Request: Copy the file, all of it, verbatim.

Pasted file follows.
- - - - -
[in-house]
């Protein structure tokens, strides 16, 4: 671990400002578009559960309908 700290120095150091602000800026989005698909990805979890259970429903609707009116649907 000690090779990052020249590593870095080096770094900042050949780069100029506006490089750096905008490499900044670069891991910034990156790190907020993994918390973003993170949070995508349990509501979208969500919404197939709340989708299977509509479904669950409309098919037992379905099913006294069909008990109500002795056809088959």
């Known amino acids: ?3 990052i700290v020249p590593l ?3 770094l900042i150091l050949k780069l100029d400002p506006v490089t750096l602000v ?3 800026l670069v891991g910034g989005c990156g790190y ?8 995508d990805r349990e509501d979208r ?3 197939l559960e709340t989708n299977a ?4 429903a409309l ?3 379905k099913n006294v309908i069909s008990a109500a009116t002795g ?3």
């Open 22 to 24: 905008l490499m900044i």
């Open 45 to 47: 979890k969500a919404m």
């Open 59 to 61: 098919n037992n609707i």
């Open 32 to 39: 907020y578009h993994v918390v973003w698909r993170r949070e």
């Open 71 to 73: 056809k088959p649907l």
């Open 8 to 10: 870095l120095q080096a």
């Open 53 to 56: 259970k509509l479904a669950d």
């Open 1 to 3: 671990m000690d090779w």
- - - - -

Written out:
[in-house]
């Protein structure tokens, strides 16, 4: 671990400002578009559960309908 700290120095150091602000800026989005698909990805979890259970429903609707009116649907 000690090779990052020249590593870095080096770094900042050949780069100029506006490089750096905008490499900044670069891991910034990156790190907020993994918390973003993170949070995508349990509501979208969500919404197939709340989708299977509509479904669950409309098919037992379905099913006294069909008990109500002795056809088959």
């Known amino acids: ?3 990052i700290v020249p590593l ?3 770094l900042i150091l050949k780069l100029d400002p506006v490089t750096l602000v ?3 800026l670069v891991g910034g989005c990156g790190y ?8 995508d990805r349990e509501d979208r ?3 197939l559960e709340t989708n299977a ?4 429903a409309l ?3 379905k099913n006294v309908i069909s008990a109500a009116t002795g ?3």
């Open 22 to 24: 905008l490499m900044i």
């Open 45 to 47: 979890k969500a919404m």
């Open 59 to 61: 098919n037992n609707i």
């Open 32 to 39: 907020y578009h993994v918390v973003w698909r993170r949070e």
């Open 71 to 73: 056809k088959p649907l």
């Open 8 to 10: 870095l120095q080096a």
């Open 53 to 56: 259970k509509l479904a669950d």
């Open 1 to 3: 671990m000690d090779w």